ORLANDO, Fla. -- Martin Laird has already qualified for the Masters.
Plenty of others behind him on the leaderboard have not, including Spencer Levin, Marc Leishman and Augusta, Ga., native Charles Howell III. All three need a win to get into the field since none of them has a chance to be in the top 50 in the Official World Golf Rankings by Sunday night.
If none of them gets it this week, they’ll have one more opportunity in next week’s Shell Houston Open, where all three are in the field.
Levin, of course, is also trying to win for the first time on the PGA TOUR after a couple of near-misses -- but Augusta National won’t be too far removed from his thoughts.
"It's in the back of my mind for sure," said Levin, who has never played in the Masters. “I'm sure it is for everybody who is in my position and needs a win to get there.”
Howell is trying to get to his hometown event for the first time since 2008 after falling all the way to 149th in the world.
Leishman and Senden are both looking for return invitations to Augusta National, too. Leishman missed the cut last year in his only appearance there, while Senden missed the cut in his two appearances.
Then there’s J.B. Holmes. He’s pretty much the only player who could move inside the top 50 in the World Rankings to qualify for the Masters.
Depending on some other things, it looks like Holmes, who has only played in one Masters, would need to finish fourth or better. He’s currently tied for 16th and 1 under through four holes today. -- Brian Wacker
ORLANDO, Fla. -- Martin Laird leads by two in today’s final round at Bay Hill, where Tiger Woods had a rare early tee time for a Sunday. Can Laird win for the second time in his career on the PGA TOUR, or will Spencer Levin catch him? Or will it be someone like Bubba Watson or Rickie Fowler? The supposed 20-mph winds that were supposed to come today haven’t so far.
-- Martin Laird has now held at least a share of the 54-hole lead three times in his PGA TOUR career. In both of his previous 54-hole leads, he eventually lost in a playoff. He led by three strokes after 54 holes in 2010 at The Barclays before a final-round 71 led to a playoff loss to Matt Kuchar. Later in 2010, he carried a one-stroke lead into the final round of the Justin Timberlake Shriners Hospitals for Children Open before a final-round 69 led to a playoff loss to Jonathan Byrd.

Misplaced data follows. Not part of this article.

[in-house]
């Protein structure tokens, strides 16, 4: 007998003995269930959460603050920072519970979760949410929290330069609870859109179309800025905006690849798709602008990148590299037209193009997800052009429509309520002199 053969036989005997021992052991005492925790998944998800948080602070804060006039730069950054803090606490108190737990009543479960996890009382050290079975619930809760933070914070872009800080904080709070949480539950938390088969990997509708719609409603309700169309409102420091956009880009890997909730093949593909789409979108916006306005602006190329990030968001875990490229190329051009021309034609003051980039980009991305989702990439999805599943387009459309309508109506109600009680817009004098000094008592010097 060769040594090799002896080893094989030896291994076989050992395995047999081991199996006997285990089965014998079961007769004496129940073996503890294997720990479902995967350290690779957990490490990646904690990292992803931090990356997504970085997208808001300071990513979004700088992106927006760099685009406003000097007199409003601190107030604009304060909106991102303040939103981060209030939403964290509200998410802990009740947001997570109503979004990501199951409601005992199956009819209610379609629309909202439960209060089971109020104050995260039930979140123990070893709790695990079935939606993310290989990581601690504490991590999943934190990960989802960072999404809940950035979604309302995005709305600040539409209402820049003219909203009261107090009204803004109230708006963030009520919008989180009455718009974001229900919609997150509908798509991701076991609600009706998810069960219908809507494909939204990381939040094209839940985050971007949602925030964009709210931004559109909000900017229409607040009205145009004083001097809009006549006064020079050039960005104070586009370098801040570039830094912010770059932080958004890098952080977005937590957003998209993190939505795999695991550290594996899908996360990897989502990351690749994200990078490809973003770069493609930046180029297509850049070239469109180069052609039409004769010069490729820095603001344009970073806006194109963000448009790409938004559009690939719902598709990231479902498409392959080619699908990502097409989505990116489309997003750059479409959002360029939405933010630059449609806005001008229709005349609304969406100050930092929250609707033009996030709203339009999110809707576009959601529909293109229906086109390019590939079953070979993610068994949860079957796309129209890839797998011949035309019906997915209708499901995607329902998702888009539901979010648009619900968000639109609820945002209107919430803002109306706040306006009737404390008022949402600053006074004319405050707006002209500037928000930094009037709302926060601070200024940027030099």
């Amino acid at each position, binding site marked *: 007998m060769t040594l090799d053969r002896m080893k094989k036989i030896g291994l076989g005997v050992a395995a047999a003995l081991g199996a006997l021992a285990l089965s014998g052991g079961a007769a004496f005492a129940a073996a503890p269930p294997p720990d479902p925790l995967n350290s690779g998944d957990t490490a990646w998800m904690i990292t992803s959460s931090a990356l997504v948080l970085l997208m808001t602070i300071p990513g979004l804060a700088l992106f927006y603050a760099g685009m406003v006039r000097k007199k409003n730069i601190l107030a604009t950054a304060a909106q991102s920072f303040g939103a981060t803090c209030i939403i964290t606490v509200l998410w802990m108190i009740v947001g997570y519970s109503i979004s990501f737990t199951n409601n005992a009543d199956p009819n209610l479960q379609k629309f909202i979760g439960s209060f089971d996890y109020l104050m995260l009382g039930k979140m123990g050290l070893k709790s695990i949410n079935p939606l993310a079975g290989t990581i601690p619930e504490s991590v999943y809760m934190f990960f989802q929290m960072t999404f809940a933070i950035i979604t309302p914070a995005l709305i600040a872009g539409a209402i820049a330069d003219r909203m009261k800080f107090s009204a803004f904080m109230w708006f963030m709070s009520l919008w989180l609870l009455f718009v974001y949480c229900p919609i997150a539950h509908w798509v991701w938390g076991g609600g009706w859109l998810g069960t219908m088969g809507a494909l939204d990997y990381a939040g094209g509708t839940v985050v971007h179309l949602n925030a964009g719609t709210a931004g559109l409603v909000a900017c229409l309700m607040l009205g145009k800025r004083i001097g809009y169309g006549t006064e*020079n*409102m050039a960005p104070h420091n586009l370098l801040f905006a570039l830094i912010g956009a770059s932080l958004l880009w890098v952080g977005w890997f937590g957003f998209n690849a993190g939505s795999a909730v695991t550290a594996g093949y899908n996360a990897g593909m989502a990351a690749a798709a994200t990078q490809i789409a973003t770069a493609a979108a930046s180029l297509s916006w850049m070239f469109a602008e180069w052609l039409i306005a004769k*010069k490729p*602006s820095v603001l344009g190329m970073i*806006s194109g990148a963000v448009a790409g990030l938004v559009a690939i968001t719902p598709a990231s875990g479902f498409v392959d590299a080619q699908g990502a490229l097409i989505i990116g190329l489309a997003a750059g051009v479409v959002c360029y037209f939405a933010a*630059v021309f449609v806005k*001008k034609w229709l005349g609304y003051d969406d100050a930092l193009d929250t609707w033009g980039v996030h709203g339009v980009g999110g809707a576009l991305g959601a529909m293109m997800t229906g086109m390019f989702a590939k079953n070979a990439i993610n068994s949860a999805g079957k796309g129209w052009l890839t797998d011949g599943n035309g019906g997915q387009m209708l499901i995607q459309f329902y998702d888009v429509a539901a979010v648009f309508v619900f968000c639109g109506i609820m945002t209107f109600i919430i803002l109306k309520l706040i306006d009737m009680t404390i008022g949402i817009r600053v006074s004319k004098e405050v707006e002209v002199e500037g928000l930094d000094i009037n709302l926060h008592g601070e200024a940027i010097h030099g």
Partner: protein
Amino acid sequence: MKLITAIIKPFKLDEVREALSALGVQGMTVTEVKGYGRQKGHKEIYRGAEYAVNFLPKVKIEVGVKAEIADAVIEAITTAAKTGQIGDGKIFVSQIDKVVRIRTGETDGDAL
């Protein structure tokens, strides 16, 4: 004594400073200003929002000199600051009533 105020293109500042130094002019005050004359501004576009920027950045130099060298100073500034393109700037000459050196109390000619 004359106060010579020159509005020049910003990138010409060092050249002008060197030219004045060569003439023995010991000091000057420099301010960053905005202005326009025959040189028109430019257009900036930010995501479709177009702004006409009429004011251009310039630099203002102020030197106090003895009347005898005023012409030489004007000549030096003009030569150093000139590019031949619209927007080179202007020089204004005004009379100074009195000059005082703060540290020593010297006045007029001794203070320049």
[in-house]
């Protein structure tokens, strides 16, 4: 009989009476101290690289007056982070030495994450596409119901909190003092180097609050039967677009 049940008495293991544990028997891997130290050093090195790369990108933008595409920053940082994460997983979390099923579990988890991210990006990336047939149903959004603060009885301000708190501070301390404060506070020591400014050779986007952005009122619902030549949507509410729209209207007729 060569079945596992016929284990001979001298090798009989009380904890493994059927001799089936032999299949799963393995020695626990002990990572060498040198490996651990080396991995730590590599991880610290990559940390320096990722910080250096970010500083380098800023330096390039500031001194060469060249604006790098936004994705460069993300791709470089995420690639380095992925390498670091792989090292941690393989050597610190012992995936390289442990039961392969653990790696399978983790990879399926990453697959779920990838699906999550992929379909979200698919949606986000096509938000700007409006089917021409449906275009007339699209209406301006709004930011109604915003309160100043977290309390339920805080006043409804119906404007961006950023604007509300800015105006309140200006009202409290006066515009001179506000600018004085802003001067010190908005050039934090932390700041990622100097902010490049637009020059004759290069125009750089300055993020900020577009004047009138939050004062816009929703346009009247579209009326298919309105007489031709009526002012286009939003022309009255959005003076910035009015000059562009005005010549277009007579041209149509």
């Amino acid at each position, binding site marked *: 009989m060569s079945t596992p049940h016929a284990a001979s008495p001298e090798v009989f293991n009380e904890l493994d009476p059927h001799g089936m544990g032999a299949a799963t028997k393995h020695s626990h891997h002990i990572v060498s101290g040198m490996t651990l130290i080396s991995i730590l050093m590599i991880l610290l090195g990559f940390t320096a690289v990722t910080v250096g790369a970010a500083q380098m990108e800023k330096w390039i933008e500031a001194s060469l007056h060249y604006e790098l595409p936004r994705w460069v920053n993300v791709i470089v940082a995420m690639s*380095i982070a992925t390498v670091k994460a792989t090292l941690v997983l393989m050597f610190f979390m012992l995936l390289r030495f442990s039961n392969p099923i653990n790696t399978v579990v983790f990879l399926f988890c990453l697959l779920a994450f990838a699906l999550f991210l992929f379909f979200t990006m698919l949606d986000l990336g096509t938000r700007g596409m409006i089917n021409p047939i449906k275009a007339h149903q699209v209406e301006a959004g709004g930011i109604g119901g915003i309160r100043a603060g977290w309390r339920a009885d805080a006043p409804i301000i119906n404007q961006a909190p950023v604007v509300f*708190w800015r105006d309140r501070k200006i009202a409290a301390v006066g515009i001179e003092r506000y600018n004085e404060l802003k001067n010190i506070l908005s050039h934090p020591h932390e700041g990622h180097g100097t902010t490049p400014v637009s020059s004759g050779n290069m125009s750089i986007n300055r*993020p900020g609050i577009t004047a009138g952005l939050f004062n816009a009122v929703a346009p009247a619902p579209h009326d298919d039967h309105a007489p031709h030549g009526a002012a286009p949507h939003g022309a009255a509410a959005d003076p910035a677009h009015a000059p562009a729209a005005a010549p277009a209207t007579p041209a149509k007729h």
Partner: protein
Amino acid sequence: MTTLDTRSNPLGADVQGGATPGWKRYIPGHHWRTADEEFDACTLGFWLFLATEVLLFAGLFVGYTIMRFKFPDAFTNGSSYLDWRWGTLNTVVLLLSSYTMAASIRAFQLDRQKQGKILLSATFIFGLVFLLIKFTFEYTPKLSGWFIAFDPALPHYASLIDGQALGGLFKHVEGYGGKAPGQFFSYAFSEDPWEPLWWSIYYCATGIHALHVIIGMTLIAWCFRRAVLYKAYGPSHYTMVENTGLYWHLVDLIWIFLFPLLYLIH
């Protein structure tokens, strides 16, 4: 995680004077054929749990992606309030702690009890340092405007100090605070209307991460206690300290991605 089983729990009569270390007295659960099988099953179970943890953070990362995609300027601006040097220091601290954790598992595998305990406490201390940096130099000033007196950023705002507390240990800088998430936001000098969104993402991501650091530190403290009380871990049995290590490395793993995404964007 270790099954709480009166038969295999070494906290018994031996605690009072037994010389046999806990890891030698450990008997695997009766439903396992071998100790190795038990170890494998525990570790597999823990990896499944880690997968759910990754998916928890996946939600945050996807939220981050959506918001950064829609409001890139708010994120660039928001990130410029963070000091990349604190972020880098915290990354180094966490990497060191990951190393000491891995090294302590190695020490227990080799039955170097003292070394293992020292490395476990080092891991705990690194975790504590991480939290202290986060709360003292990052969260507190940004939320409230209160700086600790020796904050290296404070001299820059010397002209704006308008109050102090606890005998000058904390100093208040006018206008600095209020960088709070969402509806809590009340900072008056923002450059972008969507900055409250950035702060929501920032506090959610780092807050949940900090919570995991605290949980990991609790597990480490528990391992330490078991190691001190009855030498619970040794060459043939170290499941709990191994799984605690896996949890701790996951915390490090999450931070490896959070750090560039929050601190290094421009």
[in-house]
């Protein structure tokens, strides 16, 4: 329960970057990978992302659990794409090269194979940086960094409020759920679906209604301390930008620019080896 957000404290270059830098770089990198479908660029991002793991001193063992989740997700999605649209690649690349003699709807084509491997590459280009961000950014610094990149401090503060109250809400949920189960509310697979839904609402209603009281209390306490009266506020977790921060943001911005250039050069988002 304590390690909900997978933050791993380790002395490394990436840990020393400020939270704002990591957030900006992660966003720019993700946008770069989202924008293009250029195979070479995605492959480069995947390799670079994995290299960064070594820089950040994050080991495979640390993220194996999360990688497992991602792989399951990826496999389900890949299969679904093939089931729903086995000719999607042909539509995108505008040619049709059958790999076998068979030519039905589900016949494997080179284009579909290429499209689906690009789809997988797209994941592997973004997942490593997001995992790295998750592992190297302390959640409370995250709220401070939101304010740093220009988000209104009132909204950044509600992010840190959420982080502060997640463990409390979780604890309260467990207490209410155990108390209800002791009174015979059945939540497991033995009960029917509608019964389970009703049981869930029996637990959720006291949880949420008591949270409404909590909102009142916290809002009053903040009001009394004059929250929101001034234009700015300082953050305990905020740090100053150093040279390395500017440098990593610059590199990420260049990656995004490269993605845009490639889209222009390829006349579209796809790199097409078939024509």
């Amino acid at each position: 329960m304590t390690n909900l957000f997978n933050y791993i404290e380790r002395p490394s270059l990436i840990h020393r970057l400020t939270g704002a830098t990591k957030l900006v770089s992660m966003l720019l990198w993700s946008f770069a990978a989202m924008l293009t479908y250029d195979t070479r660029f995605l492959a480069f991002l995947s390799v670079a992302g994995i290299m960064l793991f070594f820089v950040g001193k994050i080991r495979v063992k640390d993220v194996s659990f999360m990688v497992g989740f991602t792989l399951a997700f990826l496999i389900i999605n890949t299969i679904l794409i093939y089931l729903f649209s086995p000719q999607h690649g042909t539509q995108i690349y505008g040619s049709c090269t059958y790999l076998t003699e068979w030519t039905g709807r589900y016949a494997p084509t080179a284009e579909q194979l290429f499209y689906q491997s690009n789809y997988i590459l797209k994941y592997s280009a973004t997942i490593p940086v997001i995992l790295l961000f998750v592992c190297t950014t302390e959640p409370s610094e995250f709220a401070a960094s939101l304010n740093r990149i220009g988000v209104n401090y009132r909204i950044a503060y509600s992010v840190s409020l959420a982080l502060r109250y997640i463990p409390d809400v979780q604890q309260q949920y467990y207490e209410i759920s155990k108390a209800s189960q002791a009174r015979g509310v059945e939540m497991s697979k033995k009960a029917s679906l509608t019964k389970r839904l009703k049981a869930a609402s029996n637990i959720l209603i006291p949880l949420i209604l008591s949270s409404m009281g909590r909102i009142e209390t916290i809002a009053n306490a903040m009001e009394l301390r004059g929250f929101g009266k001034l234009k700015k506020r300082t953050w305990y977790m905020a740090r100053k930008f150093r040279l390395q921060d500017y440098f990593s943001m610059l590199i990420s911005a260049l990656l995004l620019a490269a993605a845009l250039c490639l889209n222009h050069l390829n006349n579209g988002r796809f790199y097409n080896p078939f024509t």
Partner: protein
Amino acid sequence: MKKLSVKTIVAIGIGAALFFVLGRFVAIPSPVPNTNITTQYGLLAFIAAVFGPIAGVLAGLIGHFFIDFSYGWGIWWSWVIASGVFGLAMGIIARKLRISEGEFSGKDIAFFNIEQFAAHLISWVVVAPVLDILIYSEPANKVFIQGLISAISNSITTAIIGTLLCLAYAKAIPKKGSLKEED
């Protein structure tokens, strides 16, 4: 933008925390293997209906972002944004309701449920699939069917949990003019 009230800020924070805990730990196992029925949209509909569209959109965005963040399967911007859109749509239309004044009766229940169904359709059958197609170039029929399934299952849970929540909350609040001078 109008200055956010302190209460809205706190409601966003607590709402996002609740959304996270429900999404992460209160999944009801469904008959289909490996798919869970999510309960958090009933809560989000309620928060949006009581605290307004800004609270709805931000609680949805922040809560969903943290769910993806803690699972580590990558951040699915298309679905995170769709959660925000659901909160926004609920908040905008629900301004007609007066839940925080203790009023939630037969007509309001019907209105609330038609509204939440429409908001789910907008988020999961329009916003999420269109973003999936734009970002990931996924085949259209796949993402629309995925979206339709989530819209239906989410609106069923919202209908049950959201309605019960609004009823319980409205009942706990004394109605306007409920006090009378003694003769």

-- Laird has three top-10s in seven previous starts this season. He has top-25 finishes in four of his last five starts, including top-10s in his last two starts: T10-WGC-Cadillac Championship and T5-Transitions Championship.
-- Laird finished 74th last year in his only other start at the Arnold Palmer Invitational (2010).
-- The 54-hole leader/co-leader of the Arnold Palmer Invitational has previously gone on to win 20 of 45 times, most recently Ernie Els in 2010.
-- In 72-hole stroke-play events, the third-round leader has held on to victory six of 12 times so far this year.
-- The last player to make the Arnold Palmer Invitational his first TOUR win was Paul Goydos in 1996.
-- So far this year, Levin has collected two top-10 finishes, a T4 at the AT&T Pebble Beach National Pro-Am and then a playoff loss to Johnson Wagner at the Mayakoba Golf Classic.
-- Levin is making his first start at the Arnold Palmer Invitational. He is seeking to become the first player since Robert Gamez in 1990 to win in his first start at the event.
-- In 2010, Levin ranked No. 1 on TOUR in rounds in the 60s (52/31 events) and rounds under par (66), as well as T1 in cuts made (24).
ORLANDO, Fla. -- There was a time in Spencer Levin’s career when back-to-back bogeys late in the third round of a tournament he was contending in would have sent him off the deep end and tumbling into an abyss of self-destruction.